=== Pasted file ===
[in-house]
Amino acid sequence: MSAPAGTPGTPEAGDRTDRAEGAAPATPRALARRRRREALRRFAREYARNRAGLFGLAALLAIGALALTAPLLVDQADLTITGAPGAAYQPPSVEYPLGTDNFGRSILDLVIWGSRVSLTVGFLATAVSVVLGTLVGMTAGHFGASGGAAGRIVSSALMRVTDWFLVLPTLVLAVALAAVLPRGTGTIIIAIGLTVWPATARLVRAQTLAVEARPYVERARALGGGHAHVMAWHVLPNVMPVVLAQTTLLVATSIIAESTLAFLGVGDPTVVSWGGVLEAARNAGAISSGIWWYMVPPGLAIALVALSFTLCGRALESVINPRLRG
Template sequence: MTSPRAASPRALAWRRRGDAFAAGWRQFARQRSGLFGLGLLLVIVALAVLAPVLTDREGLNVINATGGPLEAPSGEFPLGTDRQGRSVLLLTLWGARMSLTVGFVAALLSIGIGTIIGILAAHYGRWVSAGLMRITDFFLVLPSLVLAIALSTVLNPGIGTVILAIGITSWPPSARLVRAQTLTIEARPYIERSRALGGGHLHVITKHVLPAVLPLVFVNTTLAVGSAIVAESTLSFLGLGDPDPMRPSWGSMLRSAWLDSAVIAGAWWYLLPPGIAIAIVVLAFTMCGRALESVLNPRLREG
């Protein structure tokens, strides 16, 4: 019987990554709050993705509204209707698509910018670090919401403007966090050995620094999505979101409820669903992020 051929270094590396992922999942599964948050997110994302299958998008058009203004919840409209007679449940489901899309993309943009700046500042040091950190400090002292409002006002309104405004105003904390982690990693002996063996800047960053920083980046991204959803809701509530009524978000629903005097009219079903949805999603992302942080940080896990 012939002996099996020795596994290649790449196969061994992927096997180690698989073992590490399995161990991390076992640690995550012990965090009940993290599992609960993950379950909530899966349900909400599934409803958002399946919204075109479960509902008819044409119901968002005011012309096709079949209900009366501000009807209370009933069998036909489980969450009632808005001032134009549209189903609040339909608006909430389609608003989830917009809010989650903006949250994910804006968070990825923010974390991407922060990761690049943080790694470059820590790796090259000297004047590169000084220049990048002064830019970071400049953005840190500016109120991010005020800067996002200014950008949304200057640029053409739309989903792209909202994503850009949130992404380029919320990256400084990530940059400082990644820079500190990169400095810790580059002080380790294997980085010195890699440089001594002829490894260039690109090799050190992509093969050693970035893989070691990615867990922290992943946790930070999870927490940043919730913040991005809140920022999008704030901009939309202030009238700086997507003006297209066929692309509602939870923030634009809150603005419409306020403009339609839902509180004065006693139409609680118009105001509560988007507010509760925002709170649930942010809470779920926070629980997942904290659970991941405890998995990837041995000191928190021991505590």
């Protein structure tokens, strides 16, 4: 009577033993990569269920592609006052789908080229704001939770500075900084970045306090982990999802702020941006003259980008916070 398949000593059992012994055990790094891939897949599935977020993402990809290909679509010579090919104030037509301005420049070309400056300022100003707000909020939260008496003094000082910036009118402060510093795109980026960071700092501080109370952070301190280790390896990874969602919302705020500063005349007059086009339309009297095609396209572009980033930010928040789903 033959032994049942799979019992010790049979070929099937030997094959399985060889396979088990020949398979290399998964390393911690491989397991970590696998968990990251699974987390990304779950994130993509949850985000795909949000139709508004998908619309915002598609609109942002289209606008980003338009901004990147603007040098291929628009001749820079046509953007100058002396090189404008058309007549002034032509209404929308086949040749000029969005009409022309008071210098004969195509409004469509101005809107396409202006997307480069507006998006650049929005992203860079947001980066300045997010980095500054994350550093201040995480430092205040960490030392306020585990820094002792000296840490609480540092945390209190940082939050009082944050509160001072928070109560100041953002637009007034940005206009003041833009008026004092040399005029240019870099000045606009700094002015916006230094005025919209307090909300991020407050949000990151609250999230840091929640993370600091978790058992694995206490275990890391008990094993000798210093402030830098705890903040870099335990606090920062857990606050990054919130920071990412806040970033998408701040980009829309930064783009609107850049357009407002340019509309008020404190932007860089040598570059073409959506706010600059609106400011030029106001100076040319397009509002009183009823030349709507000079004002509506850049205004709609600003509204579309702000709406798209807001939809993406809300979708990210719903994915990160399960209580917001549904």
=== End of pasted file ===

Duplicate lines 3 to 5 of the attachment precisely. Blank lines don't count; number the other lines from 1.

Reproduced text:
Template sequence: MTSPRAASPRALAWRRRGDAFAAGWRQFARQRSGLFGLGLLLVIVALAVLAPVLTDREGLNVINATGGPLEAPSGEFPLGTDRQGRSVLLLTLWGARMSLTVGFVAALLSIGIGTIIGILAAHYGRWVSAGLMRITDFFLVLPSLVLAIALSTVLNPGIGTVILAIGITSWPPSARLVRAQTLTIEARPYIERSRALGGGHLHVITKHVLPAVLPLVFVNTTLAVGSAIVAESTLSFLGLGDPDPMRPSWGSMLRSAWLDSAVIAGAWWYLLPPGIAIAIVVLAFTMCGRALESVLNPRLREG
């Protein structure tokens, strides 16, 4: 019987990554709050993705509204209707698509910018670090919401403007966090050995620094999505979101409820669903992020 051929270094590396992922999942599964948050997110994302299958998008058009203004919840409209007679449940489901899309993309943009700046500042040091950190400090002292409002006002309104405004105003904390982690990693002996063996800047960053920083980046991204959803809701509530009524978000629903005097009219079903949805999603992302942080940080896990 012939002996099996020795596994290649790449196969061994992927096997180690698989073992590490399995161990991390076992640690995550012990965090009940993290599992609960993950379950909530899966349900909400599934409803958002399946919204075109479960509902008819044409119901968002005011012309096709079949209900009366501000009807209370009933069998036909489980969450009632808005001032134009549209189903609040339909608006909430389609608003989830917009809010989650903006949250994910804006968070990825923010974390991407922060990761690049943080790694470059820590790796090259000297004047590169000084220049990048002064830019970071400049953005840190500016109120991010005020800067996002200014950008949304200057640029053409739309989903792209909202994503850009949130992404380029919320990256400084990530940059400082990644820079500190990169400095810790580059002080380790294997980085010195890699440089001594002829490894260039690109090799050190992509093969050693970035893989070691990615867990922290992943946790930070999870927490940043919730913040991005809140920022999008704030901009939309202030009238700086997507003006297209066929692309509602939870923030634009809150603005419409306020403009339609839902509180004065006693139409609680118009105001509560988007507010509760925002709170649930942010809470779920926070629980997942904290659970991941405890998995990837041995000191928190021991505590």
């Protein structure tokens, strides 16, 4: 009577033993990569269920592609006052789908080229704001939770500075900084970045306090982990999802702020941006003259980008916070 398949000593059992012994055990790094891939897949599935977020993402990809290909679509010579090919104030037509301005420049070309400056300022100003707000909020939260008496003094000082910036009118402060510093795109980026960071700092501080109370952070301190280790390896990874969602919302705020500063005349007059086009339309009297095609396209572009980033930010928040789903 033959032994049942799979019992010790049979070929099937030997094959399985060889396979088990020949398979290399998964390393911690491989397991970590696998968990990251699974987390990304779950994130993509949850985000795909949000139709508004998908619309915002598609609109942002289209606008980003338009901004990147603007040098291929628009001749820079046509953007100058002396090189404008058309007549002034032509209404929308086949040749000029969005009409022309008071210098004969195509409004469509101005809107396409202006997307480069507006998006650049929005992203860079947001980066300045997010980095500054994350550093201040995480430092205040960490030392306020585990820094002792000296840490609480540092945390209190940082939050009082944050509160001072928070109560100041953002637009007034940005206009003041833009008026004092040399005029240019870099000045606009700094002015916006230094005025919209307090909300991020407050949000990151609250999230840091929640993370600091978790058992694995206490275990890391008990094993000798210093402030830098705890903040870099335990606090920062857990606050990054919130920071990412806040970033998408701040980009829309930064783009609107850049357009407002340019509309008020404190932007860089040598570059073409959506706010600059609106400011030029106001100076040319397009509002009183009823030349709507000079004002509506850049205004709609600003509204579309702000709406798209807001939809993406809300979708990210719903994915990160399960209580917001549904």